Salty Matters

The Blog is written by me, John Warren. Once every three or four weeks or so I will post an article or two on an evaporite topic that has piqued my interest. On the Saltwork Publications webpage (under "the Works") there is a growing library of pdfs and epubs based on these blogs. These articles on the website have much higher resolution extractable graphics in than in the blog. There is also a link to this set of pdfs and epubs on the home page (www.saltworkconsultants.com).

Volatile evaporite interactions with magma Part 1 of 2: Indications of hydrated salts?

John Warren - Sunday, February 10, 2019

Introduction

Direct and indirect interactions between magma and evaporites at a regional scale are neither well documented, nor well understood. Mostly, this is because little or no salt remains once the high-temperature interactions have run their course; instead, there is a suite of indirect geochemical and indicator-mineral assemblages (Warren, 2016). Aside from the presence of what can be ambiguous indicator suites, some hard-rock geologists with a career working in igneous and metamorphic terranes may not be well versed in textures indicative of the former presence of sedimentary evaporites, nor their varying volatility, nor their meta-evaporitic and meta-igneous siblings.

The term pyrometasomatic encompasses some, but not all, of the types of salt-magma interaction and reactions that occur when evaporites and molten magmas of different types are nearby. Styles of evaporites interactions with magma are a spectrum, with two endmember situations; 1) orthomagmatic (salt-assimilative and internal to the magma), and 2) paramagmatic (salt-interactive and external to the magma). Both encompass outcomes that can include a variety of substantial ore deposits (Warren, 2016; Chapter 16). Only in situations where igneous sills and dykes have intruded salt masses, with contacts preserved, can direct effects of magma-salt interaction be documented. Even then, determining the timing of the evaporite igneous interaction can be problematic; one must ask if the chemistry and texture indicate, 1) syn-igneous emplacement, or 2) post-emplacement alteration and deeply circulating groundwater flushing, or 3) a combination.

Orthomagmatic and paramagmatic evaporite associations are distinct from occurrences of primary igneous/magmatic anhydrites, which precipitate from sulphate-saturated melts. Igneous anhydrite forms independently of any sedimentary evaporite assimilation, as seen, for example, in anhydrite crystals crystallised in trachyandesitic pumice erupted from El Chichón Volcano in 1982, or in dacitic pumices erupted from Mount Pinatubo in 1991 and in acidic lavas in the Yanacocha district of northern Peru (Luhr et al., 2008; Chambefort et al., 2008). These evaporite assimilations are also distinct from fumarolic anhydrite, which precipitates where groundwaters and sulphur-bearing magmatic fluids interact, as on Usu Volcano, Hokkaido, and many central American and Andean volcanoes such as El Laco (Zimbelman et al., 2005). Likewise, they are distinct from the anhydrite precipitates (white smokers) in and below submarine vents across numerous mid-oceanic ridges (Humphris et al., 1995). See Warren 2016 (Chapter 16) for more geological detail on these non-evaporite-igneous anhydrite occurrences.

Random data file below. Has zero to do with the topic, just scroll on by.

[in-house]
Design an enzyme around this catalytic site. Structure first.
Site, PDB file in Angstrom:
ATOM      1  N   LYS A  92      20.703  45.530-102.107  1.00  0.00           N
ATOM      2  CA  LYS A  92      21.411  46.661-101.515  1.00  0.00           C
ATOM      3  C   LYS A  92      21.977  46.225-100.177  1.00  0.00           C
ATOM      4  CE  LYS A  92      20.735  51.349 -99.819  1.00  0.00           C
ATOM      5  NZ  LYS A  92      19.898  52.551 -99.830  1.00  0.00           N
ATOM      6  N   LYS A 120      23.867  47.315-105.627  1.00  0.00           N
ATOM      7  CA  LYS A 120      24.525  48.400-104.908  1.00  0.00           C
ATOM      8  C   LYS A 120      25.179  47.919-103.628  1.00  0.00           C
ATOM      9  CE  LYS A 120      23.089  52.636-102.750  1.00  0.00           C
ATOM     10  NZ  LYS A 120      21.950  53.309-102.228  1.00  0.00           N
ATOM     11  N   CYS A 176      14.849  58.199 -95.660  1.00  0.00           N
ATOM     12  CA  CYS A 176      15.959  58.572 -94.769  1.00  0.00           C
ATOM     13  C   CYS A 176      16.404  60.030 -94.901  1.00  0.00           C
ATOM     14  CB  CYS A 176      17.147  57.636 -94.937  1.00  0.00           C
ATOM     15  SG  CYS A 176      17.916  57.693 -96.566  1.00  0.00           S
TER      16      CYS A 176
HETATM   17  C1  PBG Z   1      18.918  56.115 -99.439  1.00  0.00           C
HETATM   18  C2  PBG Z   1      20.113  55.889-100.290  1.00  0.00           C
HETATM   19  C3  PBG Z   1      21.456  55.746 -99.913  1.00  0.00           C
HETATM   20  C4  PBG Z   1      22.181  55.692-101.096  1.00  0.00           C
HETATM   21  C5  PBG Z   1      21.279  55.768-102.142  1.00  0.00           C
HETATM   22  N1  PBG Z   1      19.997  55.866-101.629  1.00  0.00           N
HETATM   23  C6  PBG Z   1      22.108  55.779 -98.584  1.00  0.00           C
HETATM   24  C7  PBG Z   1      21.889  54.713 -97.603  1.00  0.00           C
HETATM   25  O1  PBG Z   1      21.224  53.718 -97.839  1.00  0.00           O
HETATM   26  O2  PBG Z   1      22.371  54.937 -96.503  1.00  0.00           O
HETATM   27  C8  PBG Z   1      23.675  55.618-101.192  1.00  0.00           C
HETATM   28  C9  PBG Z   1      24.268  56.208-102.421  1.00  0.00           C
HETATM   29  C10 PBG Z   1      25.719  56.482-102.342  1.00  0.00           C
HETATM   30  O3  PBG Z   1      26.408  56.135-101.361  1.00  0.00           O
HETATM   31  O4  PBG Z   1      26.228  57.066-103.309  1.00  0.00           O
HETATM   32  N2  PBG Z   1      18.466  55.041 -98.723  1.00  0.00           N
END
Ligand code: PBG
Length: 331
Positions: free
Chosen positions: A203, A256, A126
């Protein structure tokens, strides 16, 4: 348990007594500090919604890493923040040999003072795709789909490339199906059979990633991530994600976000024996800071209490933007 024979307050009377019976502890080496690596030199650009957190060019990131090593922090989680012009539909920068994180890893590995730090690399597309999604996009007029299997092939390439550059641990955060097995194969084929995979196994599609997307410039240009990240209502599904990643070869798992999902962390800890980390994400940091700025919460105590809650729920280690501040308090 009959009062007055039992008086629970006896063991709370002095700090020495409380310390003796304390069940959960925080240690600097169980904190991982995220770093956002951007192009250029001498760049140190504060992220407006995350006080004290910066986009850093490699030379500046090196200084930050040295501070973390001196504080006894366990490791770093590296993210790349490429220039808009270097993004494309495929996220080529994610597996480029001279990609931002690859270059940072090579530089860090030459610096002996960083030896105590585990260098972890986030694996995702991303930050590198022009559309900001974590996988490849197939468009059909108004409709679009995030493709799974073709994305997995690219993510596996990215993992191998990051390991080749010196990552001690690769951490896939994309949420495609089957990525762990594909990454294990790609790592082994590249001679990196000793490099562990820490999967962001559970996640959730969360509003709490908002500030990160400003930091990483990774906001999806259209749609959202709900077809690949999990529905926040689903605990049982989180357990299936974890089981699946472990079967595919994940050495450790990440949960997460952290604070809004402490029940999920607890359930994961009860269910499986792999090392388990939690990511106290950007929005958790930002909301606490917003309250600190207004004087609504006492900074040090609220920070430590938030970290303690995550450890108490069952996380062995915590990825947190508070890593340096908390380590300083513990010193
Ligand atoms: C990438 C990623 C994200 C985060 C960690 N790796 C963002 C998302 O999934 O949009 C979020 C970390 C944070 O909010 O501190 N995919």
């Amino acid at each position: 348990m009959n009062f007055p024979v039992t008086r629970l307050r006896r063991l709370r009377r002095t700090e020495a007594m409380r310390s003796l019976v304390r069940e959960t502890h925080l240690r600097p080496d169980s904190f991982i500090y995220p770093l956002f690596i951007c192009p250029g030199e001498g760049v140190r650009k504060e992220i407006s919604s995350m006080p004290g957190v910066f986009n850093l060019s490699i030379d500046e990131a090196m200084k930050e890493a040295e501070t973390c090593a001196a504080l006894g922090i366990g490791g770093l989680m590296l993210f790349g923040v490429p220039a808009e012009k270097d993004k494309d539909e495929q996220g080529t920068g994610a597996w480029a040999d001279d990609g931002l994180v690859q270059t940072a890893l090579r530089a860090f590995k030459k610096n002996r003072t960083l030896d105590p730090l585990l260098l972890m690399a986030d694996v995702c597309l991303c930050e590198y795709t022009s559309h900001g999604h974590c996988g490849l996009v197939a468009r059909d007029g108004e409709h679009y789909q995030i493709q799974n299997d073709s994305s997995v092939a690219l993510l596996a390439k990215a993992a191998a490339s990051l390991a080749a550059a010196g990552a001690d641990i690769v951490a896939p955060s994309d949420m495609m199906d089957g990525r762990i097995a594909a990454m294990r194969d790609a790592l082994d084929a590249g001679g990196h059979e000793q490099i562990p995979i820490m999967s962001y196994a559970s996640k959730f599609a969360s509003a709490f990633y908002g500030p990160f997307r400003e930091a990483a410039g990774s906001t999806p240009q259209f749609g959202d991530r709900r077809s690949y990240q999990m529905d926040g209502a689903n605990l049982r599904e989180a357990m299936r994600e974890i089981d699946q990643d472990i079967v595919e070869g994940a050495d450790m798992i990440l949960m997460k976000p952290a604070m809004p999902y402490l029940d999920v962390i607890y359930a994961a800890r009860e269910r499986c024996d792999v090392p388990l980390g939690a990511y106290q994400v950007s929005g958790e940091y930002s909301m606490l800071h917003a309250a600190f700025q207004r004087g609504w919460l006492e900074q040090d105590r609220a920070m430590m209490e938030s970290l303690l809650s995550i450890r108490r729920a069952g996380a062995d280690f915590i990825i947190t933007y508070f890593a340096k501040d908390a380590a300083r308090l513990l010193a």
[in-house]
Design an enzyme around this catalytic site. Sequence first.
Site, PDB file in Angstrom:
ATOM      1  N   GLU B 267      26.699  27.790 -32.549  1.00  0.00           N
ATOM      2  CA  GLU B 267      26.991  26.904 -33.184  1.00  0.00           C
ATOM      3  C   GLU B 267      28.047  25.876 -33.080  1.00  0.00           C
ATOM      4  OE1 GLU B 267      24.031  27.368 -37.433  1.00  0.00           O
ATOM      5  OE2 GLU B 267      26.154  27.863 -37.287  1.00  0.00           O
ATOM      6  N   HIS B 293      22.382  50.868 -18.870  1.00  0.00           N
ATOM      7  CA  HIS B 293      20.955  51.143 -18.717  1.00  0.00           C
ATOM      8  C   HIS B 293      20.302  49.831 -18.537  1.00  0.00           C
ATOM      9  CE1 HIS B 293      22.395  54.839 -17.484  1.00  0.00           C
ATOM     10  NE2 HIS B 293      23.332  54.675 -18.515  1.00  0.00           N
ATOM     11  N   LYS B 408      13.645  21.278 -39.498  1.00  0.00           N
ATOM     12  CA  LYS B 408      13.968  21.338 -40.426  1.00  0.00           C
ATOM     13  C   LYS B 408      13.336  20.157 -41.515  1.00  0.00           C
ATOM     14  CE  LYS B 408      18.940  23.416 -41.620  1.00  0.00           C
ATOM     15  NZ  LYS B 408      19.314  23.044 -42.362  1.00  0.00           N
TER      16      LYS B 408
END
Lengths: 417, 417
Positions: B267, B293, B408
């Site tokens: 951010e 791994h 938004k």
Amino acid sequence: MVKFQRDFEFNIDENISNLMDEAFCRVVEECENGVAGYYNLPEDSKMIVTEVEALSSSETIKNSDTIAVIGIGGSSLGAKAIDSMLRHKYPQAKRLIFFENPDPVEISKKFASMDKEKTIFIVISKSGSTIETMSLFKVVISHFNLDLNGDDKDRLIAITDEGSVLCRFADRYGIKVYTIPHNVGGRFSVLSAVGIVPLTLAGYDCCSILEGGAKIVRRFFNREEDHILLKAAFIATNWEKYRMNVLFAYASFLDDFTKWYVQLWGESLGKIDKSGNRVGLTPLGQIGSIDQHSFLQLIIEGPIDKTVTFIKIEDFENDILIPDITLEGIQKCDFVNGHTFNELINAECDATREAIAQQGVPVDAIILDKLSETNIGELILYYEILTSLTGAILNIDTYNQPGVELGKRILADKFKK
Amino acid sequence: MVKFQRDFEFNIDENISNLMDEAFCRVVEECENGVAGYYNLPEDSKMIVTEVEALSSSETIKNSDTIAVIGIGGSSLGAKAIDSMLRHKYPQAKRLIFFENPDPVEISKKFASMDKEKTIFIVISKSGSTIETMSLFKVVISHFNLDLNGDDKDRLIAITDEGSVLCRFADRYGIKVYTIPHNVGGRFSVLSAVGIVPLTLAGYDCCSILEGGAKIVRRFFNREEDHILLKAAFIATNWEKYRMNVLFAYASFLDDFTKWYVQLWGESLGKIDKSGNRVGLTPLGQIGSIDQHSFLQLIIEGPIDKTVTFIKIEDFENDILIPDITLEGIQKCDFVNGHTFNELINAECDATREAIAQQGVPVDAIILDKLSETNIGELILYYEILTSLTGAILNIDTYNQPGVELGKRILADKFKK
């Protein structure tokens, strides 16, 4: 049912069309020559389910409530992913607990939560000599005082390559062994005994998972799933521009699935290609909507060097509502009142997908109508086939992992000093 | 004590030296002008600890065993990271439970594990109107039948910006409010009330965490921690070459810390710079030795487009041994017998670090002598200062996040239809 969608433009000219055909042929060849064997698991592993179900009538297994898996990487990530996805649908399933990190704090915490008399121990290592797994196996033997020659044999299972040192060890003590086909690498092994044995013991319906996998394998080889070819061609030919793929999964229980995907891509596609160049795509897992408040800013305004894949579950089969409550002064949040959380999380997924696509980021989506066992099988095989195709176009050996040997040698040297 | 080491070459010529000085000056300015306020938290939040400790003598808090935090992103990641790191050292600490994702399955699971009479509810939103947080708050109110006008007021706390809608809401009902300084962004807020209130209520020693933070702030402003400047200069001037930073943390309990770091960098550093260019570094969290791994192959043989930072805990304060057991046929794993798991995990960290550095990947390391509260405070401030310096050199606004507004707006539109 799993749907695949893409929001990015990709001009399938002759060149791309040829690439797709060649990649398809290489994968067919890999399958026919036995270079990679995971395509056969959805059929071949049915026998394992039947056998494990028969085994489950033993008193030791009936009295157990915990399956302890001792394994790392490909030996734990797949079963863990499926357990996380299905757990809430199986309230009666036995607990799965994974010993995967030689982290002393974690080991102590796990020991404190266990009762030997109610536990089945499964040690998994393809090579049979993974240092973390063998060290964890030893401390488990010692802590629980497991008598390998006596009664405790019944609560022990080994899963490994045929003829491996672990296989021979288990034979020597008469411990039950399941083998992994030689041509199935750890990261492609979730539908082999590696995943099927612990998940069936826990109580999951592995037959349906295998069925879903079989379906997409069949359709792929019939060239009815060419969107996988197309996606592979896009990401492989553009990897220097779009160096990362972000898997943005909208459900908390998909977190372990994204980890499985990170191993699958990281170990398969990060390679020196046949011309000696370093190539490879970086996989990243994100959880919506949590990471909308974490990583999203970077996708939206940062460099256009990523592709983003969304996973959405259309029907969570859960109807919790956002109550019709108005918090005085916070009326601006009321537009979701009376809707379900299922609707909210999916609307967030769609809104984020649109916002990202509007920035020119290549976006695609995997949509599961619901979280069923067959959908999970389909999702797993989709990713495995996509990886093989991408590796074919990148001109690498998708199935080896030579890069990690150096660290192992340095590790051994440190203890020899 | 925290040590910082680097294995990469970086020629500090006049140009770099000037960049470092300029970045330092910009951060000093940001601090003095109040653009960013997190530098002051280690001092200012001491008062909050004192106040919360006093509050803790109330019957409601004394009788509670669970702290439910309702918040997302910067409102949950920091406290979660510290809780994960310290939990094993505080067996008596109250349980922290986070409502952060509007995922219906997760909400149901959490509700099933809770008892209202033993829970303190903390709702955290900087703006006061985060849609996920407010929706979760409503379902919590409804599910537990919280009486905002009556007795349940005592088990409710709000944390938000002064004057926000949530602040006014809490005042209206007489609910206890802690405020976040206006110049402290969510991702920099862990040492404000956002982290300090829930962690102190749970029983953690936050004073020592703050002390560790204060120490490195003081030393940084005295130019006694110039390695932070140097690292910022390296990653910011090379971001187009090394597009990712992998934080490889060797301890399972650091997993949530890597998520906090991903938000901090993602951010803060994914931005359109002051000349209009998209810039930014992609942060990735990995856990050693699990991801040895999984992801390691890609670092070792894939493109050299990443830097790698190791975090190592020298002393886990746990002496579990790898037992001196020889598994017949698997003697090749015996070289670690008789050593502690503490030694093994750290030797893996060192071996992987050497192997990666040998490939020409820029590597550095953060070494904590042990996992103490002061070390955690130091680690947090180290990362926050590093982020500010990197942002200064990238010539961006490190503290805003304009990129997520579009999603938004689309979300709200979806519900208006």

Cooking with salt (thermal decomposition of hydrated versus non-hydrated salts)

Perhaps the most critical factor controlling the local intensity of magmatic interaction with an evaporitic country rock is whether or not the sedimentary evaporite assemblage, in proximity to an igneous heat source, contains abundant hydrated salts, such as gypsum, polyhalite or carnallite. Hydrated evaporite salts, when interacting with the igneous realm, are highly volatile and likely to decompose. They tend to release their water of crystallisation at temperatures many hundreds of degrees below the melting points of their anhydrous counterparts (Table 1).


In contrast, anhydrous salts, such as halite beds intruded by igneous dykes or sills, are much less reactive. At a local scale (measured in metres) with respect to an intrasalt-igneous interaction, there are a number of documented thermally-driven alteration styles, typically created by the intrusion of dolerite dykes and sills into cooler halite, or the outflow of extrusive igneous flows over cooler halite beds (Knipping and Herrmann, 1985; Knipping, 1989; Grishina et al, 1992, 1998; Gutsche, 1988; Steinmann et al., 1999; Wall et al., 2010). Hot igneous material interacts with somewhat cooler anhydrous salt masses, typically halite or anhydrite, to create narrow but distinct heat and mobile fluid-release envelopes(Figure 1), also reflected in the resulting recrystallised inclusion-modified salt textures (Figure 2).